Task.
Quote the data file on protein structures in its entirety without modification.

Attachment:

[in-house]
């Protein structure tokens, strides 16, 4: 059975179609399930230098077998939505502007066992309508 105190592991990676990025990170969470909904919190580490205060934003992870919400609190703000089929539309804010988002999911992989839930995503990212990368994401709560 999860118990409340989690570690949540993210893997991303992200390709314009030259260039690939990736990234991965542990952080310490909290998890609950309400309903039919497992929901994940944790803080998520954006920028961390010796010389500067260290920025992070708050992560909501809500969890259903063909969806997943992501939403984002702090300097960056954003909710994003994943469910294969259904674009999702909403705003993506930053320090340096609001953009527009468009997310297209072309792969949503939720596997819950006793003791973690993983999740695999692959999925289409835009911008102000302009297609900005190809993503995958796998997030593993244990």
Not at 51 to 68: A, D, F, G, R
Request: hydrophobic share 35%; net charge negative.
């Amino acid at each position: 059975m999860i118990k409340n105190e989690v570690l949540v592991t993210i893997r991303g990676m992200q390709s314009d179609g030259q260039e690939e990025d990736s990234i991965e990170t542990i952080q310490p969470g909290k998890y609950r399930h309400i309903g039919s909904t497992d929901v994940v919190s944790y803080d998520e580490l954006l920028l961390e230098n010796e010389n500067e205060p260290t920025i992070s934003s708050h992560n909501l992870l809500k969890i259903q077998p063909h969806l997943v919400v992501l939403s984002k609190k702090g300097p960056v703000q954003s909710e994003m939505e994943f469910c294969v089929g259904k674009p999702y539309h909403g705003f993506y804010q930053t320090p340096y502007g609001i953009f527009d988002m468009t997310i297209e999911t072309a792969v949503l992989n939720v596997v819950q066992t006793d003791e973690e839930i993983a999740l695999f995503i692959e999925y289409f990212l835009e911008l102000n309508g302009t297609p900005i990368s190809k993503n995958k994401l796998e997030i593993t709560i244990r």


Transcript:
[in-house]
């Protein structure tokens, strides 16, 4: 059975179609399930230098077998939505502007066992309508 105190592991990676990025990170969470909904919190580490205060934003992870919400609190703000089929539309804010988002999911992989839930995503990212990368994401709560 999860118990409340989690570690949540993210893997991303992200390709314009030259260039690939990736990234991965542990952080310490909290998890609950309400309903039919497992929901994940944790803080998520954006920028961390010796010389500067260290920025992070708050992560909501809500969890259903063909969806997943992501939403984002702090300097960056954003909710994003994943469910294969259904674009999702909403705003993506930053320090340096609001953009527009468009997310297209072309792969949503939720596997819950006793003791973690993983999740695999692959999925289409835009911008102000302009297609900005190809993503995958796998997030593993244990």
Not at 51 to 68: A, D, F, G, R
Request: hydrophobic share 35%; net charge negative.
């Amino acid at each position: 059975m999860i118990k409340n105190e989690v570690l949540v592991t993210i893997r991303g990676m992200q390709s314009d179609g030259q260039e690939e990025d990736s990234i991965e990170t542990i952080q310490p969470g909290k998890y609950r399930h309400i309903g039919s909904t497992d929901v994940v919190s944790y803080d998520e580490l954006l920028l961390e230098n010796e010389n500067e205060p260290t920025i992070s934003s708050h992560n909501l992870l809500k969890i259903q077998p063909h969806l997943v919400v992501l939403s984002k609190k702090g300097p960056v703000q954003s909710e994003m939505e994943f469910c294969v089929g259904k674009p999702y539309h909403g705003f993506y804010q930053t320090p340096y502007g609001i953009f527009d988002m468009t997310i297209e999911t072309a792969v949503l992989n939720v596997v819950q066992t006793d003791e973690e839930i993983a999740l695999f995503i692959e999925y289409f990212l835009e911008l102000n309508g302009t297609p900005i990368s190809k993503n995958k994401l796998e997030i593993t709560i244990r």